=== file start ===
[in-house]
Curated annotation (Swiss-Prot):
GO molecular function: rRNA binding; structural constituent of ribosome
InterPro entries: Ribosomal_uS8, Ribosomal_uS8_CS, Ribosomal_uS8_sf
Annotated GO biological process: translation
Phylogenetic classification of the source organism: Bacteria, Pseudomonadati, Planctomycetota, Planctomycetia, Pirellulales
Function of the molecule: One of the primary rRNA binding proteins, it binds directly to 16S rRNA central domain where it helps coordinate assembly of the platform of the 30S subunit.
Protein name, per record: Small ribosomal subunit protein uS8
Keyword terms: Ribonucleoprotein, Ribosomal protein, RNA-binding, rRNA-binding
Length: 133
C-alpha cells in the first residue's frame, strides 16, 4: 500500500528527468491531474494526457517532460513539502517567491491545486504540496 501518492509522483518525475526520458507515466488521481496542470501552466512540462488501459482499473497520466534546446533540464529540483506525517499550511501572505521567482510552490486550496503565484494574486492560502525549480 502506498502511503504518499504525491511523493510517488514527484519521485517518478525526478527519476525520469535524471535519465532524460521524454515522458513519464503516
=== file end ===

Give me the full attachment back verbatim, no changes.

[in-house]
Curated annotation (Swiss-Prot):
GO molecular function: rRNA binding; structural constituent of ribosome
InterPro entries: Ribosomal_uS8, Ribosomal_uS8_CS, Ribosomal_uS8_sf
Annotated GO biological process: translation
Phylogenetic classification of the source organism: Bacteria, Pseudomonadati, Planctomycetota, Planctomycetia, Pirellulales
Function of the molecule: One of the primary rRNA binding proteins, it binds directly to 16S rRNA central domain where it helps coordinate assembly of the platform of the 30S subunit.
Protein name, per record: Small ribosomal subunit protein uS8
Keyword terms: Ribonucleoprotein, Ribosomal protein, RNA-binding, rRNA-binding
Length: 133
C-alpha cells in the first residue's frame, strides 16, 4: 500500500528527468491531474494526457517532460513539502517567491491545486504540496 501518492509522483518525475526520458507515466488521481496542470501552466512540462488501459482499473497520466534546446533540464529540483506525517499550511501572505521567482510552490486550496503565484494574486492560502525549480 502506498502511503504518499504525491511523493510517488514527484519521485517518478525526478527519476525520469535524471535519465532524460521524454515522458513519464503516